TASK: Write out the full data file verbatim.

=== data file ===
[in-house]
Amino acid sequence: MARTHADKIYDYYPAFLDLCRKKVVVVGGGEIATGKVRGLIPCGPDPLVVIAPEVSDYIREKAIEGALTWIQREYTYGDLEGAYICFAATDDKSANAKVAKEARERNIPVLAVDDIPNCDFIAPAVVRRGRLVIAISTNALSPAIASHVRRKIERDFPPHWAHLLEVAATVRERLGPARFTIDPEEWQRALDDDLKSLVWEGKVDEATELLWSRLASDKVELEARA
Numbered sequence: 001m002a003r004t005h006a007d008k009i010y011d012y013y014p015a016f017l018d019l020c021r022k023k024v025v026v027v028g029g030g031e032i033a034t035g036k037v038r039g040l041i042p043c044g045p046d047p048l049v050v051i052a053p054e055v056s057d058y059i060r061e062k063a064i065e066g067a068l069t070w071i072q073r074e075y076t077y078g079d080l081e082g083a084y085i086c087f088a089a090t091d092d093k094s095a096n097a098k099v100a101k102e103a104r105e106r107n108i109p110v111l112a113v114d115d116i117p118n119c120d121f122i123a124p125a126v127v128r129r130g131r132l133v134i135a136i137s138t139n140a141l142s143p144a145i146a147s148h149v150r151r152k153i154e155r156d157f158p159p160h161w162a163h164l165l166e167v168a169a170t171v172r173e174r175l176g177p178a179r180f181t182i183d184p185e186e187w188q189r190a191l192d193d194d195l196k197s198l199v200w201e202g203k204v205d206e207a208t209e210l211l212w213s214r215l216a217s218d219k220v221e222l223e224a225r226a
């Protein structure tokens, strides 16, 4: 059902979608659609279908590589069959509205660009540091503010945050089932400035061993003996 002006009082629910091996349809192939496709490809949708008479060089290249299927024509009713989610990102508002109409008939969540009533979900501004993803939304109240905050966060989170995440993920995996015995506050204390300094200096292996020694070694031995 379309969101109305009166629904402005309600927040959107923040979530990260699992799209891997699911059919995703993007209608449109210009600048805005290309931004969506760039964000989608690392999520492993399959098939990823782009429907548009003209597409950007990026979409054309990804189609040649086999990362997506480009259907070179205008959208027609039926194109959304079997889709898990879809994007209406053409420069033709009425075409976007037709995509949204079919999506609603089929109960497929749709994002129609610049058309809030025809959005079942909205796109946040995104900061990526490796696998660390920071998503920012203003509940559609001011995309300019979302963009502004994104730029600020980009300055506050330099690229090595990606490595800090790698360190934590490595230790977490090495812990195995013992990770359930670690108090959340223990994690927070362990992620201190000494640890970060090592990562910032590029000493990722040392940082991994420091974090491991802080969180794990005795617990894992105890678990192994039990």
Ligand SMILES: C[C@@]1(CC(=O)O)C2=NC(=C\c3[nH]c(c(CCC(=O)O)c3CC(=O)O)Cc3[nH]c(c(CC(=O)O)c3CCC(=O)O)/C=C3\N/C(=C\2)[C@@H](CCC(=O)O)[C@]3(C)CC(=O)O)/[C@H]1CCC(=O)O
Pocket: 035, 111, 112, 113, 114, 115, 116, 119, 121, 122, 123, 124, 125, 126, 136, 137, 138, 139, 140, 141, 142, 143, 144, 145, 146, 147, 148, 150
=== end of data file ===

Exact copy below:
[in-house]
Amino acid sequence: MARTHADKIYDYYPAFLDLCRKKVVVVGGGEIATGKVRGLIPCGPDPLVVIAPEVSDYIREKAIEGALTWIQREYTYGDLEGAYICFAATDDKSANAKVAKEARERNIPVLAVDDIPNCDFIAPAVVRRGRLVIAISTNALSPAIASHVRRKIERDFPPHWAHLLEVAATVRERLGPARFTIDPEEWQRALDDDLKSLVWEGKVDEATELLWSRLASDKVELEARA
Numbered sequence: 001m002a003r004t005h006a007d008k009i010y011d012y013y014p015a016f017l018d019l020c021r022k023k024v025v026v027v028g029g030g031e032i033a034t035g036k037v038r039g040l041i042p043c044g045p046d047p048l049v050v051i052a053p054e055v056s057d058y059i060r061e062k063a064i065e066g067a068l069t070w071i072q073r074e075y076t077y078g079d080l081e082g083a084y085i086c087f088a089a090t091d092d093k094s095a096n097a098k099v100a101k102e103a104r105e106r107n108i109p110v111l112a113v114d115d116i117p118n119c120d121f122i123a124p125a126v127v128r129r130g131r132l133v134i135a136i137s138t139n140a141l142s143p144a145i146a147s148h149v150r151r152k153i154e155r156d157f158p159p160h161w162a163h164l165l166e167v168a169a170t171v172r173e174r175l176g177p178a179r180f181t182i183d184p185e186e187w188q189r190a191l192d193d194d195l196k197s198l199v200w201e202g203k204v205d206e207a208t209e210l211l212w213s214r215l216a217s218d219k220v221e222l223e224a225r226a
């Protein structure tokens, strides 16, 4: 059902979608659609279908590589069959509205660009540091503010945050089932400035061993003996 002006009082629910091996349809192939496709490809949708008479060089290249299927024509009713989610990102508002109409008939969540009533979900501004993803939304109240905050966060989170995440993920995996015995506050204390300094200096292996020694070694031995 379309969101109305009166629904402005309600927040959107923040979530990260699992799209891997699911059919995703993007209608449109210009600048805005290309931004969506760039964000989608690392999520492993399959098939990823782009429907548009003209597409950007990026979409054309990804189609040649086999990362997506480009259907070179205008959208027609039926194109959304079997889709898990879809994007209406053409420069033709009425075409976007037709995509949204079919999506609603089929109960497929749709994002129609610049058309809030025809959005079942909205796109946040995104900061990526490796696998660390920071998503920012203003509940559609001011995309300019979302963009502004994104730029600020980009300055506050330099690229090595990606490595800090790698360190934590490595230790977490090495812990195995013992990770359930670690108090959340223990994690927070362990992620201190000494640890970060090592990562910032590029000493990722040392940082991994420091974090491991802080969180794990005795617990894992105890678990192994039990």
Ligand SMILES: C[C@@]1(CC(=O)O)C2=NC(=C\c3[nH]c(c(CCC(=O)O)c3CC(=O)O)Cc3[nH]c(c(CC(=O)O)c3CCC(=O)O)/C=C3\N/C(=C\2)[C@@H](CCC(=O)O)[C@]3(C)CC(=O)O)/[C@H]1CCC(=O)O
Pocket: 035, 111, 112, 113, 114, 115, 116, 119, 121, 122, 123, 124, 125, 126, 136, 137, 138, 139, 140, 141, 142, 143, 144, 145, 146, 147, 148, 150